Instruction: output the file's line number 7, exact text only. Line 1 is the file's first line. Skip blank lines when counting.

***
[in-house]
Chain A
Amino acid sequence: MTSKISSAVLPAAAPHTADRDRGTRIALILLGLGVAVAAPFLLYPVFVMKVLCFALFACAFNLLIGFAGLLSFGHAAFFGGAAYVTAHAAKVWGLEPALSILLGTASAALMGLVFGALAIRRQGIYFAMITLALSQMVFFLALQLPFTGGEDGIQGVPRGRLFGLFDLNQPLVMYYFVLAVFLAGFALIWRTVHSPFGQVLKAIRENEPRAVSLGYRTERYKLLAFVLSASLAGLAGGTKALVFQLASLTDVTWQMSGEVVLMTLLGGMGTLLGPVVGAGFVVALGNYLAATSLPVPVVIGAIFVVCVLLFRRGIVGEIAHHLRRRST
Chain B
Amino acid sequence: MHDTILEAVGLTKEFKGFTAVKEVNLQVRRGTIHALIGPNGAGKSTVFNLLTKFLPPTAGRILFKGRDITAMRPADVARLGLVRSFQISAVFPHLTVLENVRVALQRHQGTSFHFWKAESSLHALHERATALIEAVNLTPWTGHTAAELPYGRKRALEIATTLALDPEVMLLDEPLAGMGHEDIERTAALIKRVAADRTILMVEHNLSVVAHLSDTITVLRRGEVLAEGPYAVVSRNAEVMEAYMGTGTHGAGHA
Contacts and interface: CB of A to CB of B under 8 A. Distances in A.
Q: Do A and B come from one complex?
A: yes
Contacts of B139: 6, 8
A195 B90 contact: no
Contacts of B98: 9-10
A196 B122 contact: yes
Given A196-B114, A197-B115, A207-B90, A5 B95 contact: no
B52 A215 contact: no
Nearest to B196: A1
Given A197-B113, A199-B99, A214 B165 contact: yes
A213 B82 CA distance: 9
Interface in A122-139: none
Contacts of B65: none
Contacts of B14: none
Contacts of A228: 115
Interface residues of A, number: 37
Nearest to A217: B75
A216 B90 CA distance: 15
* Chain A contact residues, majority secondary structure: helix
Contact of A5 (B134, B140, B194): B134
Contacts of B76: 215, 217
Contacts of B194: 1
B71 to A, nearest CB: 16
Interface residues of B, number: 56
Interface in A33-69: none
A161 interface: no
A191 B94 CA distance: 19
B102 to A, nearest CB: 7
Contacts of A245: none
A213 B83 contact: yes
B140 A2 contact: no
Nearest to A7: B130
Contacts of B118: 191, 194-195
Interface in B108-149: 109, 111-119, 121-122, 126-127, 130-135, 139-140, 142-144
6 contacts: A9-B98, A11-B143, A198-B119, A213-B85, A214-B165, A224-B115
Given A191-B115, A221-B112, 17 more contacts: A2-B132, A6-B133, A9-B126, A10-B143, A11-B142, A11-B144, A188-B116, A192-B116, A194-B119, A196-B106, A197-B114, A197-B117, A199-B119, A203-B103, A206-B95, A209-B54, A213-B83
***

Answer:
Q: Do A and B come from one complex?